Kennesaw City Council Votes To Replace Confederate Flag Downtown
Former Kennesaw City Council member Jimmy Dickens stood in front of the city council Monday night with a plea for its members and the mayor. Across the street in Memorial Park, the Confederate flag was still flying high.
"Kennesaw is my home, Kennesaw is what I love," he said. "But I want Kennesaw to love me the same."
The Kennesaw City Council and Mayor Derek Easterling shortly afterward voted to replace the Confederate flag with the original state flag of Georgia. Like many other cities across the state that are now reconciling and reevaluating Confederate monuments and artifacts, the move came with passionate arguments and accounts from the public.
Dickens, a business owner in the city, argued Confederate items should be put in a museum where they can be properly contextualized.
"There's people that don't even come downtown because they don't want to see it. They don't want to deal with that hurt, that pain," he said. "If I want to look at it, I want to see it in a museum where it can be hung properly."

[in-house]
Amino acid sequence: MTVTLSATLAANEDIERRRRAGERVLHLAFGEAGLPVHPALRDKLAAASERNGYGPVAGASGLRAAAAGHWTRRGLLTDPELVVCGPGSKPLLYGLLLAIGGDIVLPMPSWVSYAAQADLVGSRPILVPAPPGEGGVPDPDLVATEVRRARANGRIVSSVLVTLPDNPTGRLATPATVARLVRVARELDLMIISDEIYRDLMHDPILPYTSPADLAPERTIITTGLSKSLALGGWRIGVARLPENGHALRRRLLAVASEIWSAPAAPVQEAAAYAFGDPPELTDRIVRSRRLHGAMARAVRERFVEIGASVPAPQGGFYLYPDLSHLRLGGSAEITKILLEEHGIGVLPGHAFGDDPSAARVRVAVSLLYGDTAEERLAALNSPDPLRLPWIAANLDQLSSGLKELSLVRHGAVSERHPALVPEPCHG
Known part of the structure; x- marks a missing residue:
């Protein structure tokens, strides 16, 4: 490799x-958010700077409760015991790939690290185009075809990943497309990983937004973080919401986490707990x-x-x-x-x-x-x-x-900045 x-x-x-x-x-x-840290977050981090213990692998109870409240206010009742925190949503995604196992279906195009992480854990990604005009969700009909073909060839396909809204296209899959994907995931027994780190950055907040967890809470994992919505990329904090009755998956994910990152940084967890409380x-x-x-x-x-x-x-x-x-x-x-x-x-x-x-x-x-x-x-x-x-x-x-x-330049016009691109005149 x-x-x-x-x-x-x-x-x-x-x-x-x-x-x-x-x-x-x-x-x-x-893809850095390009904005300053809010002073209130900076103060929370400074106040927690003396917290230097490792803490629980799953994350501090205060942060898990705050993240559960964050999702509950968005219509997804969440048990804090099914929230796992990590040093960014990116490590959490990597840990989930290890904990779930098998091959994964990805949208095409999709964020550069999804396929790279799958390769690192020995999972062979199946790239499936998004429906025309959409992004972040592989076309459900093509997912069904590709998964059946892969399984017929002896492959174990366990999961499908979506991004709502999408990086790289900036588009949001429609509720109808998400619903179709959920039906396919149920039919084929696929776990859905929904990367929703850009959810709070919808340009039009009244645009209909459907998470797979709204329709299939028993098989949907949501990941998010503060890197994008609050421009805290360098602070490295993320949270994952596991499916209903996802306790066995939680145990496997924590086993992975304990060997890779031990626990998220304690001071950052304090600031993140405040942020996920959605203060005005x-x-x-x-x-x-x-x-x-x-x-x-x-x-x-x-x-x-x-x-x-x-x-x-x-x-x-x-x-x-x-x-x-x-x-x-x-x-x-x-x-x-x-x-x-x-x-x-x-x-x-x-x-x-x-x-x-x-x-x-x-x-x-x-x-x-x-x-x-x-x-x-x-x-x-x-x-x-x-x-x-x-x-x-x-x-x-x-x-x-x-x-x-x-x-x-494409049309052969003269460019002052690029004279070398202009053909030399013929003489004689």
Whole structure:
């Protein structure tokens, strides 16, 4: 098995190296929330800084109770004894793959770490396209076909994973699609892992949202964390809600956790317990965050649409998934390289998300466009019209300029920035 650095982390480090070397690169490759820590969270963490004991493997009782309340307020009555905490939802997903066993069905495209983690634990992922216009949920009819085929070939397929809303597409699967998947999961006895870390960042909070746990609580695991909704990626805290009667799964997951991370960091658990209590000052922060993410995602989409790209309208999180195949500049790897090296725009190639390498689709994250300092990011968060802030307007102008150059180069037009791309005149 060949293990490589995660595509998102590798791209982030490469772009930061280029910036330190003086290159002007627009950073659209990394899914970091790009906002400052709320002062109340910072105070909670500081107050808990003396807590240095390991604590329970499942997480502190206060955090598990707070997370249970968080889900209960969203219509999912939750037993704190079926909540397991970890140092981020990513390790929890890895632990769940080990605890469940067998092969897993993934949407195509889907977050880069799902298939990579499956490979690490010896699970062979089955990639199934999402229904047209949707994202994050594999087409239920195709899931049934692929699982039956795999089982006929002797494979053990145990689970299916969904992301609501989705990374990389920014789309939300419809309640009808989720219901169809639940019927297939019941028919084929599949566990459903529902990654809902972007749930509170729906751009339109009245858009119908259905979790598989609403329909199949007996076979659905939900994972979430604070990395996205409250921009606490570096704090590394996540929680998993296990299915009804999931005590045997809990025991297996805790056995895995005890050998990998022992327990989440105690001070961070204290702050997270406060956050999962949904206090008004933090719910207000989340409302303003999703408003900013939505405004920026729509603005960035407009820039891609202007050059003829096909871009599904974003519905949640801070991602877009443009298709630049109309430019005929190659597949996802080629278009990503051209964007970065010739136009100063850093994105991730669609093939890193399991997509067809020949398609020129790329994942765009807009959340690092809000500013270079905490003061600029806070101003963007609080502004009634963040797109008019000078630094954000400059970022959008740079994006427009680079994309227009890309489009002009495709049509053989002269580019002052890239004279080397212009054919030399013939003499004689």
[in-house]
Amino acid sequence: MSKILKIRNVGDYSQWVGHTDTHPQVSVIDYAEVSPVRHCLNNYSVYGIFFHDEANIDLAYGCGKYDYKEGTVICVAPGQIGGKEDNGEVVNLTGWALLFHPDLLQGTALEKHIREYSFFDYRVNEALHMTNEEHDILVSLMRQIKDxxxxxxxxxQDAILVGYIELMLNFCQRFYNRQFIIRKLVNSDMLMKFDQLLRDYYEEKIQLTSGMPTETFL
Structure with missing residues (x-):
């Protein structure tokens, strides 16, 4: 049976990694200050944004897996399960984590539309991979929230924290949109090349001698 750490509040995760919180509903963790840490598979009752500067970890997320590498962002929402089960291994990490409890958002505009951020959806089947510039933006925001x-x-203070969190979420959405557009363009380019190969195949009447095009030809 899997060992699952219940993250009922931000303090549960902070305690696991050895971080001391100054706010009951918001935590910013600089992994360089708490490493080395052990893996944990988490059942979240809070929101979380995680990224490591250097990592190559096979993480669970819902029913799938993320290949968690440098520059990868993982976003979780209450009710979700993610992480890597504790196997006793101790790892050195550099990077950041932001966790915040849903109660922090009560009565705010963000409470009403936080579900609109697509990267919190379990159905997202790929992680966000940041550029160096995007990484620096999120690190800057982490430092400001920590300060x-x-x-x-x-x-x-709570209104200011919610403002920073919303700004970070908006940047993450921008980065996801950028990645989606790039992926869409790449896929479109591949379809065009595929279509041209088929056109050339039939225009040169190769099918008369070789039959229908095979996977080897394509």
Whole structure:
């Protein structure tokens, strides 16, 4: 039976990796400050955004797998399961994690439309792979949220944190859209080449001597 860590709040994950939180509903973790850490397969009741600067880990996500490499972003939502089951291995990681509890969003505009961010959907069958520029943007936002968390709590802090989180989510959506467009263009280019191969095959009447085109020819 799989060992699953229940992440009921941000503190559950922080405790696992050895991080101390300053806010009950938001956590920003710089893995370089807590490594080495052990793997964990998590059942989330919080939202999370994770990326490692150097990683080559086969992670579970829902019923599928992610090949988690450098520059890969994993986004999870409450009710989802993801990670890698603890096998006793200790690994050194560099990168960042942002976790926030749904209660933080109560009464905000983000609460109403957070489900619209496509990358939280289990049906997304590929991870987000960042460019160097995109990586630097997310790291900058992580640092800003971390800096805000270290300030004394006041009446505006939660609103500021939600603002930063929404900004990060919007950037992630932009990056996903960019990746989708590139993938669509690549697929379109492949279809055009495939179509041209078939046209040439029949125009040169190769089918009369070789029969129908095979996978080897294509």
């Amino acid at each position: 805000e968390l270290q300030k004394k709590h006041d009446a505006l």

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"This is not a white versus black issue," Dickens said. "This is everyone versus racism."
Dozens of other people, many of them Kennesaw State University students, spoke in agreement with Dickens. Some cited the university's code of conduct, which they said directly contradicted the presence of the flag downtown.
Not everyone in attendance was in support of the flag's removal, however. Kennesaw resident Debra Williams, who ran for mayor in 2015, accused the current mayor and council of breaking the law in an attempt to change the flag.
"You will be no less than the rioters, looters, and killers that are ravaging our cities across the nation at this time," she said. "You will no longer be serving with integrity, but emotionally."
She went on to say that she would file a criminal complaint against the council. Williams was referring to a 2001 compromise that occurred when the state of Georgia moved to change its flag, which at that time incorporated the Confederate battle flag within it. As part of that compromise, cities cannot remove or alter Confederate monuments.
In Monday's vote, the council agreed to replace the Confederate flag with the original Georgia flag, arguing it was the actual flag flown over the state during the American Civil War. The vote was unanimous.
Rep. Ed Setzler attended the meeting and unfurled the new flag alongside Dickens after the vote.
The past several weeks have been a turbulent time in the city's history. The historic downtown has seen several protests focused around Wildman's Civil War Surplus, a store that sells and displays Confederate pariphernalia.
"Today, we take a stand for history by ensuring the accuracy of the symbols we display in our memorial," said council member Chris Henderson. "We take a stand against hate by removing a symbol so commonly associated with hate."